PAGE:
Tuesday, I will vote against the sales tax for parks and The Centre. I am not against the parks. I am not against The Centre. My vote is rational and predictable. I’m just doing what I said I would do some 15 years ago.
Tuesday, I will vote against the sales tax for parks and The Centre.
I am not against the parks. I am not against The Centre. My vote is rational and predictable. I’m just doing what I said I would do some 15 years ago.
Lots of us will do what we said we would do. We supported the tax at the beginning to help get the facility built, but we said that once the tax was done, the facility was on its own.
There were plenty of promises made that the tax would last no more than 15 years. The proponents of Prop A tell you that such pledges were never made.
Well, they were, and all it takes is a little review of history.
For instance, on Tuesday, April 27, 1998, this newspaper reported that the Rolla City Council held a workshop the night before that included Mayor-elect Joe Morgan (now deceased) and several council members who would be sworn in at the May meeting. At the workshop, the council discussed the ballot language for the tax.
The consensus was that the ballot question should spell out that the tax would be used to build “at a minimum” an indoor walking track, an indoor swimming pool and aquatic center, an outdoor aquatic facility and an indoor recreation center. The consensus also was that the tax should be a half-cent tax “for not more than 15 years.”
Do you think the time limit was set just as an enticement to get us to vote for the tax? Or do you think the council expected it would indeed operate the recreation center without a subsidy?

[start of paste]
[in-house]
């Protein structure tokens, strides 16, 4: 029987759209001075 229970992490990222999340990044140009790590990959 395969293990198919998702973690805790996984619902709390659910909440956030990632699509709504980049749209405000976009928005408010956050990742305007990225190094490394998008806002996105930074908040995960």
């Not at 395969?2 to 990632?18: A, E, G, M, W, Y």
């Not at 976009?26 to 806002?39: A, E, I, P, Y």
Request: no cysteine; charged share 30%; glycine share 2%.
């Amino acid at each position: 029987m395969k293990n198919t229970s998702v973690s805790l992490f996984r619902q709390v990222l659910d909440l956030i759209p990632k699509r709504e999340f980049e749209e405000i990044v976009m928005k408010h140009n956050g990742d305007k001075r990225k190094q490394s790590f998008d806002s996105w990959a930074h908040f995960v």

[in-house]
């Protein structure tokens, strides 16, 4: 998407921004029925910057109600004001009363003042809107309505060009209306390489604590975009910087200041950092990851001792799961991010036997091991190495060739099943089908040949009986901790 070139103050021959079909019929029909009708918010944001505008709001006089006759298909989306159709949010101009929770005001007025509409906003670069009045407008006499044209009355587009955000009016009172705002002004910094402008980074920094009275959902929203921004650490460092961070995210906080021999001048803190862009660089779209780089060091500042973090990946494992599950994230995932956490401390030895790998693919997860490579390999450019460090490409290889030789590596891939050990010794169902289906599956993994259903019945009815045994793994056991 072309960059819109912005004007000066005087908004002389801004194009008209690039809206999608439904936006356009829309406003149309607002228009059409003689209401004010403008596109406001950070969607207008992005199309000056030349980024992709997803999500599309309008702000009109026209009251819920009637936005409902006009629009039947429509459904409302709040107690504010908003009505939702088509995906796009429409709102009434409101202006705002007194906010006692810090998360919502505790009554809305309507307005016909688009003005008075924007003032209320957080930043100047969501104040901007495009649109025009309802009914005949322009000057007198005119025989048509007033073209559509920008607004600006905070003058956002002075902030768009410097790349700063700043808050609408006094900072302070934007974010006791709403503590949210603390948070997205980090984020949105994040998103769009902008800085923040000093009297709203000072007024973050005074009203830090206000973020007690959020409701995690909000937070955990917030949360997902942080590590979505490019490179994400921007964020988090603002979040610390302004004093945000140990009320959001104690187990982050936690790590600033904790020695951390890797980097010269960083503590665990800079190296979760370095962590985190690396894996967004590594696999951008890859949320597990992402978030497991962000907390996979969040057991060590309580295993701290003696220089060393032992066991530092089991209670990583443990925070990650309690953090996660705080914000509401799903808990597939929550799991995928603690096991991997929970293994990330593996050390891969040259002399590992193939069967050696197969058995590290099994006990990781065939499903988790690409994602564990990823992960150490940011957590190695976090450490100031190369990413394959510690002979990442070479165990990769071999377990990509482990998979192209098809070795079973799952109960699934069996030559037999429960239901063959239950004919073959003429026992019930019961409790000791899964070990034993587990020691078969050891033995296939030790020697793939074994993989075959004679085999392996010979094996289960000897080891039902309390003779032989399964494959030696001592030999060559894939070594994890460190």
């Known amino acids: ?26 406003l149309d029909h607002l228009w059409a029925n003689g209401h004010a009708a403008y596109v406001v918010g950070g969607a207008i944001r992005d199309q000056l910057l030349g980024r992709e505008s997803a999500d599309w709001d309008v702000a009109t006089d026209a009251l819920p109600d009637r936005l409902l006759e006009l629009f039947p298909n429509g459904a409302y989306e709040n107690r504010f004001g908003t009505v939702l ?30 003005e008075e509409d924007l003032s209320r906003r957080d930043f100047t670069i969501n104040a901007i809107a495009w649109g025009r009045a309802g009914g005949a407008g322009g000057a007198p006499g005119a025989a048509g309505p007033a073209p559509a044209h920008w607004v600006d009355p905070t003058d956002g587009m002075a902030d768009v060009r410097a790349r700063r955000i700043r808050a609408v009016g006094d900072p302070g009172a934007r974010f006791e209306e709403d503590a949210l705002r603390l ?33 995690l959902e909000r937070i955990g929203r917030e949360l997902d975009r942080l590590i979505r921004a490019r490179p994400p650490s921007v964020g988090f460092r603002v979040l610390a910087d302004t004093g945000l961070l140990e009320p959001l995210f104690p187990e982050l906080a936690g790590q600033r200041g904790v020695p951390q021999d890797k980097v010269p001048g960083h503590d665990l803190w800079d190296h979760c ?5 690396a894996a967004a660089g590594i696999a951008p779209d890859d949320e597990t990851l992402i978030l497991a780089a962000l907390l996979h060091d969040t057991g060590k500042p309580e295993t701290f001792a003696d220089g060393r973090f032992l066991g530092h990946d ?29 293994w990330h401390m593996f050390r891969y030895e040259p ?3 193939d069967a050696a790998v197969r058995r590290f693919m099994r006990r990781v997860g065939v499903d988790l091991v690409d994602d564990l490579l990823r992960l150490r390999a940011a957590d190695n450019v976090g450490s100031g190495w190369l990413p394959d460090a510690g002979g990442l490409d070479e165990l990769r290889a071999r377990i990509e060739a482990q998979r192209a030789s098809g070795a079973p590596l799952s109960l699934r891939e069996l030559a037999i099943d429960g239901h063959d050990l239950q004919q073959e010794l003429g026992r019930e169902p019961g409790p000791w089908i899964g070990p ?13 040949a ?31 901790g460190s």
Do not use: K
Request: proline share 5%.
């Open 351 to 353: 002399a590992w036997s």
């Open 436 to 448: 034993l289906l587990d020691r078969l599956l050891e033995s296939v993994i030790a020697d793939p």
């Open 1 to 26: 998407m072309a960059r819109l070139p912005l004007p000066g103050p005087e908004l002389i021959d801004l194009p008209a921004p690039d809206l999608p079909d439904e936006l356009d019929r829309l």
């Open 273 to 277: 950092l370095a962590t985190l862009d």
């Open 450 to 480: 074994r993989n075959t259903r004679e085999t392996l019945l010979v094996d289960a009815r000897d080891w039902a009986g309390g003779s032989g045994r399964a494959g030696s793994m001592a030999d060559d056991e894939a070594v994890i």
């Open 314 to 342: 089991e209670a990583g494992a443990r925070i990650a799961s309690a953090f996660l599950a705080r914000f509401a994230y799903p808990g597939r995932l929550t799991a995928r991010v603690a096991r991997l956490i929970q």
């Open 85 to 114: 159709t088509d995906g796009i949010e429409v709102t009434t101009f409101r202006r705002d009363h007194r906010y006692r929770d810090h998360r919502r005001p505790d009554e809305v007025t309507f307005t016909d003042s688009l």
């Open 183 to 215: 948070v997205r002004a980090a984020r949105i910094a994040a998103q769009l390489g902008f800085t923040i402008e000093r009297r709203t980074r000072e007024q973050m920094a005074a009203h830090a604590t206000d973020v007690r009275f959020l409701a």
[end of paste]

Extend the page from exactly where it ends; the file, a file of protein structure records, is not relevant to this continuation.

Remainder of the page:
Councilman Lou Magdits, chair of the council’s ad hoc recreation committee, now a candidate for mayor, obviously believed the recreation center would stand on its own legs, for he said the time limit would mean the city government would “get out of your pocket” faster.
Dr. William Moorkamp, who headed up the “grassroots” group that worked with the council to promote the sales tax, and Magdits both supported approaching the project with expectations of a 100 percent recapture rate.
“Recapture rates of 100 percent are, in fact, the trend,” Moorkamp assured all those present.
The consensus at that workshop also was to keep the recreation center funds separate from the park funds.
Just a few days after that workshop, in a guest commentary published Sunday, May 3, 1998, Dr. Moorkamp wrote under the title “Clarifying the rec-plex proposal” that his “grassroots” committee wanted to make sure the city council would “sunset the tax after building the facilities.”
He explained: “By ending the tax as soon as feasible the City will need to manage the facilities to pay for themselves through user fees. We have seen this at most facilities we have visited. This MUST be clear to all before we begin operations.”